What To Do When You Get The Flu

October 29, 2020

Pete Kreckel



Mechanism: keeps the virus from multiplying.

Indications for use: Influenza type A and B. Begin within 48 hours of symptoms. May reduce symptoms by 1 day.

Warnings/Precautions/ Adverse effects: Nausea, vomiting, dizziness, and insomnia. May cause behavior changes in children.

Patient Education

Start as soon as possible. Take two doses the first day.

Not a substitute for the vaccine

Representative Products:

Tamiflu® 75mg capsules and powder for suspension 12mg/ml (available generically)

Adults: 75mg twice daily for 5 days. Get two doses in the first day. Start as soon as you pick up the prescription.

Baloxavir marboxil tablets (XOFLUZA® )

approved 2018 Cost: $180.00/dose

Mechanism of action: also keeps the virus from multiplying

Indications: for the treatment of acute uncomplicated influenza in patients 12 years of age

and older who have symptoms for less than 48 hours. Shortens flu symptoms versus placebo by about one day.

Dose: Take a single dose of XOFLUZA orally within 48 hours of symptom onset with or without food.

On average, patients recovered from flu symptoms in 2.3 days---(54 hours versus 80 hours) by about one day.

    • Reduces viral load faster than oseltamivir, but not sure that reduces spread of flu.


HIGH RISK PATIENTS: Clinicians should start antiviral treatment as soon as possible for adults and children with documented or suspected influenza, vaccinated or not, who meet the following criteria:

• Persons of any age who are hospitalized with influenza.

• Outpatients of any age with severe or progressive illness, regardless of illness duration.

• Outpatients who are at high risk of complications from influenza, including those with chronic medical conditions and immunocompromised patients. Think diabetes, obesity, chronic kidney disease, chronic heart disease, chronic lung disease (asthma, COPD)

• Children younger than 2 years and adults ≥65 years.

• Pregnant women and those within 2 weeks postpartum

LOW RISK PATIENTS: Outpatients with illness onset ≤2 days before presentation (C-I).

• Symptomatic outpatients who are household contacts of persons who are at high risk of developing complications from influenza, particularly those who are severely immunocompromised (C-III).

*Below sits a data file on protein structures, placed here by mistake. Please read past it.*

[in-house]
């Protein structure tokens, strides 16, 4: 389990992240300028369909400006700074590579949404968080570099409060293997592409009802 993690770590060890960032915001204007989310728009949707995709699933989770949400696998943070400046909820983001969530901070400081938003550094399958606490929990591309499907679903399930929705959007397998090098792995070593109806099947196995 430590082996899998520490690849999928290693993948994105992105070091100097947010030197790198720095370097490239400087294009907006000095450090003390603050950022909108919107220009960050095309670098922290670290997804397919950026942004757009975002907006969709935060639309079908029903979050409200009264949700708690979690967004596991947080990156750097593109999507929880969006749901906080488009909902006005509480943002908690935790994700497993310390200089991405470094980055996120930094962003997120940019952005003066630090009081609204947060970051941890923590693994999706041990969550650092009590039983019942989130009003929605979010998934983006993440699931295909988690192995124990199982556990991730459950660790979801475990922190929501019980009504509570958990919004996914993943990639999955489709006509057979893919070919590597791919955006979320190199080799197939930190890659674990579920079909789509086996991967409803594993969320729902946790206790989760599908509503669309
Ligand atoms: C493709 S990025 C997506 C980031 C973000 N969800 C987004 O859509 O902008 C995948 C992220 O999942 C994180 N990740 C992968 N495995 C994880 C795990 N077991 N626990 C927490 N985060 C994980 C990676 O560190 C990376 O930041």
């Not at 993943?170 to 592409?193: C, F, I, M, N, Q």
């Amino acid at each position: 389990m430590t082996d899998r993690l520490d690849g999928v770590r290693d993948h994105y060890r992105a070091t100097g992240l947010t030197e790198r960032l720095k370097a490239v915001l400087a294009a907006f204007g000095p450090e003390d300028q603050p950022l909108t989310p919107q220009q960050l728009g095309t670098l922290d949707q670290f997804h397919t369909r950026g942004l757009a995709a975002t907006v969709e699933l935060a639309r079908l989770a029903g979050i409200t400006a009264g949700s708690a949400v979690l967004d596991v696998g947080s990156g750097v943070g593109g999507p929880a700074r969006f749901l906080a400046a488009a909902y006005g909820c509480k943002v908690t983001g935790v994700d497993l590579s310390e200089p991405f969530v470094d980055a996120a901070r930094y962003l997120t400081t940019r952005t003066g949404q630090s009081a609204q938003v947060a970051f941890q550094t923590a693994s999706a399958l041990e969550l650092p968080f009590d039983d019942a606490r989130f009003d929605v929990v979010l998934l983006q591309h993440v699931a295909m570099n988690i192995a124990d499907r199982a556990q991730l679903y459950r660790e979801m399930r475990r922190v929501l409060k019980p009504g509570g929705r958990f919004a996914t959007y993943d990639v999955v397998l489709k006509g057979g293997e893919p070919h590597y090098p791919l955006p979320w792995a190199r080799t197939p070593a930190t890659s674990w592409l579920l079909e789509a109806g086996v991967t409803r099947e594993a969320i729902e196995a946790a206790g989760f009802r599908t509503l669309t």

• Symptomatic healthcare providers who care for patients who are at high risk of developing complications from influenza, particularly those who are severely immunocompromised


Of course, PREVENTION is the best approach:

  • Vaccination: best if given in October and November
  • Avoid close contact with sick people
  • Stay home if you are sick
  • Cover mouth and nose when coughing or sneezing
  • Wash your hands---OFTEN! Viruses can survive on surfaces for 2-8 hours.
  • Avoid touching eyes, nose, mouth
  • Looks like we need to add masking and social distancing to this list given the low transmission rate in the Southern Hemisphere in 2020.


  • Bedrest
  • Fluids
  • Humidification of air


  • cough suppressants, analgesic. Symptom management.
  • Absolutely no Aspirin in patients under age 18.


We’ve seen a significant decrease in the influenza spread in the southern hemisphere, most likely due to social distancing, masking, working from home and on-line learning.

All of the efforts made to decrease the spread of the COVID-19 virus are greatly impacting the spread of the seasonal influenza virus. Patients seem a lot more interested in getting their flu vaccinations this year. I’ve noticed a huge uptick in patient who were “first timers”. If you have not had your flu shot yet, stop by Nickman’s Drug. We want to keep you healthy!